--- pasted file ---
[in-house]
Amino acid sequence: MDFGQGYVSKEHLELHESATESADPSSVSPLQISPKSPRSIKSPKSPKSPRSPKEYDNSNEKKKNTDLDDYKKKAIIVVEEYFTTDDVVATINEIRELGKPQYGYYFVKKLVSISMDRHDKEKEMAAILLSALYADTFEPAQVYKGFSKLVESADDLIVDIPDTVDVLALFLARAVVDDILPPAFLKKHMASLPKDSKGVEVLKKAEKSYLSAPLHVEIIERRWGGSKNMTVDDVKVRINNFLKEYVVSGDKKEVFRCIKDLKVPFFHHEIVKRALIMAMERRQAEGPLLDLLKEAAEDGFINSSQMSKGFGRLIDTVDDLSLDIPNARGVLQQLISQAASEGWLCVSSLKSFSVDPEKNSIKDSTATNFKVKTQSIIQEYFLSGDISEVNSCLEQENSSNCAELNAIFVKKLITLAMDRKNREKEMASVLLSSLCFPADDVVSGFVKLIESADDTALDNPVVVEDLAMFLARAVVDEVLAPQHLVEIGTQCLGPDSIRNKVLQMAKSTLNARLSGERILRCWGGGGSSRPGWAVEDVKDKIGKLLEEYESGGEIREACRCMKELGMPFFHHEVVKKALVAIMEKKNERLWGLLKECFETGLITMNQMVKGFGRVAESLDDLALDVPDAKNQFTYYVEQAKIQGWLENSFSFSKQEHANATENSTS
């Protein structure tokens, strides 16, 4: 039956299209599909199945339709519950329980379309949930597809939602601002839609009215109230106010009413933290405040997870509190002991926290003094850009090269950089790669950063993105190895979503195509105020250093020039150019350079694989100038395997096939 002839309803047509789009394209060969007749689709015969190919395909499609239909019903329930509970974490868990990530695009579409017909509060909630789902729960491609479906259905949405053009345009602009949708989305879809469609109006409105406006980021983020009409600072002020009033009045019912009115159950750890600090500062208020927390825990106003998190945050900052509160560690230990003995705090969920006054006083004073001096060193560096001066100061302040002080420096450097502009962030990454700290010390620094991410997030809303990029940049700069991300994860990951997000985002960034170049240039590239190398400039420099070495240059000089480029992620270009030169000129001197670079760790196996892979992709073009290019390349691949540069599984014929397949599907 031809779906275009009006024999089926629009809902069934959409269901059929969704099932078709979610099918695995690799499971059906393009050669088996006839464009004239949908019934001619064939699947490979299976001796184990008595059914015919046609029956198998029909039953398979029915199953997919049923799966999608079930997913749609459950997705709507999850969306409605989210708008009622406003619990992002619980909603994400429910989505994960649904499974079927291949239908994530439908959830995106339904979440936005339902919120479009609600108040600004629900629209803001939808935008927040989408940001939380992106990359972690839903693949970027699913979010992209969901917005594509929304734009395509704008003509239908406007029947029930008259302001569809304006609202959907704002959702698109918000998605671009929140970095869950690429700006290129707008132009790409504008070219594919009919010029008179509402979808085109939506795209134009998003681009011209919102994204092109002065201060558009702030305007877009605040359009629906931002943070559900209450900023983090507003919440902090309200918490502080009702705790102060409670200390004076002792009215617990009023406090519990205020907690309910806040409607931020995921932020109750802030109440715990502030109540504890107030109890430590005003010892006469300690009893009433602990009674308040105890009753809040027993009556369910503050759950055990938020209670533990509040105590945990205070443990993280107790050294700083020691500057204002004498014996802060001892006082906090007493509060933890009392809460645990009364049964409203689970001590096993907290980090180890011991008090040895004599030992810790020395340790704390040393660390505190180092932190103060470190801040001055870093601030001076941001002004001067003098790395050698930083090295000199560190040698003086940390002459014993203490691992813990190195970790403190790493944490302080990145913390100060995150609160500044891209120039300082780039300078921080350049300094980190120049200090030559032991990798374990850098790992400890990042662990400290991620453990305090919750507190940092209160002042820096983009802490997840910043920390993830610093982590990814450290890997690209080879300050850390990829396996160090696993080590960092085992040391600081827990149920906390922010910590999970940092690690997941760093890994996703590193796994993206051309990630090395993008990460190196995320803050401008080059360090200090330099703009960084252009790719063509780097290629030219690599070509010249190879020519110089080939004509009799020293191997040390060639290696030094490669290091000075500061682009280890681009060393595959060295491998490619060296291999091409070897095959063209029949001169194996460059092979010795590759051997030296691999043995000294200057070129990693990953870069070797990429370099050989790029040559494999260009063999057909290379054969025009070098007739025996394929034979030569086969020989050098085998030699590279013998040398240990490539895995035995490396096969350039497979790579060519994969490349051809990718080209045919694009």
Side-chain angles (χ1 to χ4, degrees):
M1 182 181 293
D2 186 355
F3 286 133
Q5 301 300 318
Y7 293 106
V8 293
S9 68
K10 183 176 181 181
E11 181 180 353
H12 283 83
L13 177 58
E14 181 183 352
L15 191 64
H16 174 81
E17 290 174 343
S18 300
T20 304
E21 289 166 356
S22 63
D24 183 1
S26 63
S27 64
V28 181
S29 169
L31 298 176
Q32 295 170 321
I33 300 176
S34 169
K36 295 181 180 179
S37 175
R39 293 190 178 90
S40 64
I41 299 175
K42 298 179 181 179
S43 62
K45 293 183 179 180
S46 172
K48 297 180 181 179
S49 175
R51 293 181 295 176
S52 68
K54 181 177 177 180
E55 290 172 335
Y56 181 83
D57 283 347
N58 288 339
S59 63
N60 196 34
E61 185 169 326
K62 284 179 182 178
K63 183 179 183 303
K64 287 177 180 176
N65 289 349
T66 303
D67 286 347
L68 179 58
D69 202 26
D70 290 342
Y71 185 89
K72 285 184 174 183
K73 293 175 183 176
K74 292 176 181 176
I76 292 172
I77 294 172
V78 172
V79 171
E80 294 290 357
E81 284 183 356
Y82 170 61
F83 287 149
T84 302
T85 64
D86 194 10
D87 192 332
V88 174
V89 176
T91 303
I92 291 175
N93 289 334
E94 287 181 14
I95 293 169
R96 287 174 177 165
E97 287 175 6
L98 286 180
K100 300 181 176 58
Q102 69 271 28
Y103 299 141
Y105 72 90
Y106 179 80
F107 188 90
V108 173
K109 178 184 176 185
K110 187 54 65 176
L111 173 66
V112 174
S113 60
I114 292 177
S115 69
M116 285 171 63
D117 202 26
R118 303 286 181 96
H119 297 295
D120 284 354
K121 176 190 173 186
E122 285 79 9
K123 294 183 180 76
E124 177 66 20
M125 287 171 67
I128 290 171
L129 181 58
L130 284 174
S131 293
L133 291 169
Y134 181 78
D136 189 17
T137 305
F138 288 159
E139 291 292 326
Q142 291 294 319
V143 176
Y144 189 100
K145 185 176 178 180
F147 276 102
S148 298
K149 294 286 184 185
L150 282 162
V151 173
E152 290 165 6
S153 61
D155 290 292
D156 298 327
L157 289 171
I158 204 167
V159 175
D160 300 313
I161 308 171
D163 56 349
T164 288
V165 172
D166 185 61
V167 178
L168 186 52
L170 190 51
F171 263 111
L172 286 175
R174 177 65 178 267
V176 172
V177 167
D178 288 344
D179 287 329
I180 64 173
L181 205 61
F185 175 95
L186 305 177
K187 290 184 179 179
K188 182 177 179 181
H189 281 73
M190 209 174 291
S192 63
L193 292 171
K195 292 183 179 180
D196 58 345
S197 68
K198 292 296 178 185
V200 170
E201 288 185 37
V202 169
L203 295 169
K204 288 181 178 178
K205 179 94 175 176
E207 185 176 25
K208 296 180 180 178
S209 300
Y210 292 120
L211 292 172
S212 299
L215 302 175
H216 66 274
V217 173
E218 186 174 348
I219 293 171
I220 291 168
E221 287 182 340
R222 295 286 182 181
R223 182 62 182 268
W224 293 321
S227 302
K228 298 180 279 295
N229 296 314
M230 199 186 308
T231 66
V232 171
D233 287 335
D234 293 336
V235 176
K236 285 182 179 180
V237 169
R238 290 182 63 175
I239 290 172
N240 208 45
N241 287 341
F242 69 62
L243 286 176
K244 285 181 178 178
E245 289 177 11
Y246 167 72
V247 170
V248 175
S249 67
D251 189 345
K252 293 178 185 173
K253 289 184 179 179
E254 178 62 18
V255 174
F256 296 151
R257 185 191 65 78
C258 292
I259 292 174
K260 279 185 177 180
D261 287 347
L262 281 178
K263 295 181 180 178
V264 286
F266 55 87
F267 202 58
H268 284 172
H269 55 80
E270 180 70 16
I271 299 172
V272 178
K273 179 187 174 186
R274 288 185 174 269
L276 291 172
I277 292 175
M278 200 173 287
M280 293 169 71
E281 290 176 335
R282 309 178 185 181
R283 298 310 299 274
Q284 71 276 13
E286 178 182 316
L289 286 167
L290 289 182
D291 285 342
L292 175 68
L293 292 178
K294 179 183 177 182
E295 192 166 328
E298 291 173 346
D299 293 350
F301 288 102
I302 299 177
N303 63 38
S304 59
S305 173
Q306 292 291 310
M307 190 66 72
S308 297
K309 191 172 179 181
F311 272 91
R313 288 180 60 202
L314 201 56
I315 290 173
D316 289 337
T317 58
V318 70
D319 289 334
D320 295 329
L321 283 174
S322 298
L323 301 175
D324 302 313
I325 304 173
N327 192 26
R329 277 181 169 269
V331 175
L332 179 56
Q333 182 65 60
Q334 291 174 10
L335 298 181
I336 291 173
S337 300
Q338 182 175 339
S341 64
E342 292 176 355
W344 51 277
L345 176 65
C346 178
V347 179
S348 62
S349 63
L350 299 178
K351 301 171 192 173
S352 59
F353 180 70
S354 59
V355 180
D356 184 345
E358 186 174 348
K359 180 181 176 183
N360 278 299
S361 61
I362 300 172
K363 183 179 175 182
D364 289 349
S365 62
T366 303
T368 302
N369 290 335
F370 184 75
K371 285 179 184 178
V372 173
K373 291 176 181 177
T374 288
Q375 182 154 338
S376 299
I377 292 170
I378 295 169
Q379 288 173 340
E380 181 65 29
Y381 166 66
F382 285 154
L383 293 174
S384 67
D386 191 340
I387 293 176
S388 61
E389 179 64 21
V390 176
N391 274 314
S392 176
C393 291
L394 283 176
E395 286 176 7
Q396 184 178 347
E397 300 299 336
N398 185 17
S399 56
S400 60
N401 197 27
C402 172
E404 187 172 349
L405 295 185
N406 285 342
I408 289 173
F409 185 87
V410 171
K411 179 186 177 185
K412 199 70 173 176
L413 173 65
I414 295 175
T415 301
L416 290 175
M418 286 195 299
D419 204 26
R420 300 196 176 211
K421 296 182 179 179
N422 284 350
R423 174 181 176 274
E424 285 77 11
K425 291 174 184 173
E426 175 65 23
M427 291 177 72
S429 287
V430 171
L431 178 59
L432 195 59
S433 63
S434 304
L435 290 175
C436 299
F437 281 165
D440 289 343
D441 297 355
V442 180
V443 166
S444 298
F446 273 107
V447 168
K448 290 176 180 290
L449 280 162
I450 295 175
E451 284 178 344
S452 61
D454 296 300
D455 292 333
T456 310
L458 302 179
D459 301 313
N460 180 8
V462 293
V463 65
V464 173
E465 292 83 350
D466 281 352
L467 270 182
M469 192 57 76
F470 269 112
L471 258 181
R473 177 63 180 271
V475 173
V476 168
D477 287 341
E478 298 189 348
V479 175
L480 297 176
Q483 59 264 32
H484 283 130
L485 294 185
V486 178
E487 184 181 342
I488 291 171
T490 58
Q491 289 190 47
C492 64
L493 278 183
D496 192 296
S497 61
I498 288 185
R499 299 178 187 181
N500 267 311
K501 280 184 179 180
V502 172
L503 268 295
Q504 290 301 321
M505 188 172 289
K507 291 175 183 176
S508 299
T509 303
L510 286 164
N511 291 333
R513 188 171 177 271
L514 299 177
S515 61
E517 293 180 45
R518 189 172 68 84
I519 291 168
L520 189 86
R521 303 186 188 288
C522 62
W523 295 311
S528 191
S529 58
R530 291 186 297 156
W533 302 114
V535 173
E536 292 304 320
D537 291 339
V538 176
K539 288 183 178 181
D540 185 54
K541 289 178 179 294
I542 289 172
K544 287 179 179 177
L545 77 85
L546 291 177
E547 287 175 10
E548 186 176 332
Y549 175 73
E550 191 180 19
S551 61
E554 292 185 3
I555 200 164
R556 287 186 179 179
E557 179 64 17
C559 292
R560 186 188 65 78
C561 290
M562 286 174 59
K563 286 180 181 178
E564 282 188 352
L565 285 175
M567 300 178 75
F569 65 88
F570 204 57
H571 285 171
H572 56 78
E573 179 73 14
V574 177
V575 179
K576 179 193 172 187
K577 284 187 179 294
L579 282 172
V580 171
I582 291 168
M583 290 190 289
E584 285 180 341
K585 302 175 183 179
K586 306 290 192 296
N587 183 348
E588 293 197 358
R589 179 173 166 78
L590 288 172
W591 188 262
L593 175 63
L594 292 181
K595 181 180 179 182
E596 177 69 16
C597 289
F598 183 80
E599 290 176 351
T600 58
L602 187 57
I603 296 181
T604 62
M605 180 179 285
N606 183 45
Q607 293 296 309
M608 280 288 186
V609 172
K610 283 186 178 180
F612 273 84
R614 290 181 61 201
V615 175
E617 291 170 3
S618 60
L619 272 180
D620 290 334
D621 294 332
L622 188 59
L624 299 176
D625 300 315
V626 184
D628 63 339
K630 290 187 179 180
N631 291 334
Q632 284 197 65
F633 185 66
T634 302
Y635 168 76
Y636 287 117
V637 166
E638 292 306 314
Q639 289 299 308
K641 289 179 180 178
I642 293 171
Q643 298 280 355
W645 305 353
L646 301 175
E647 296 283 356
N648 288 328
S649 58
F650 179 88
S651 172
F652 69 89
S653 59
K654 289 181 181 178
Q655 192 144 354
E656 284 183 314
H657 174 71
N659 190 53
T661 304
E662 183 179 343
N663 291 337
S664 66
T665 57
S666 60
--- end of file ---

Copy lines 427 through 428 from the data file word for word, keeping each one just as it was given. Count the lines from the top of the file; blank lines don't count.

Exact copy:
V502 172
L503 268 295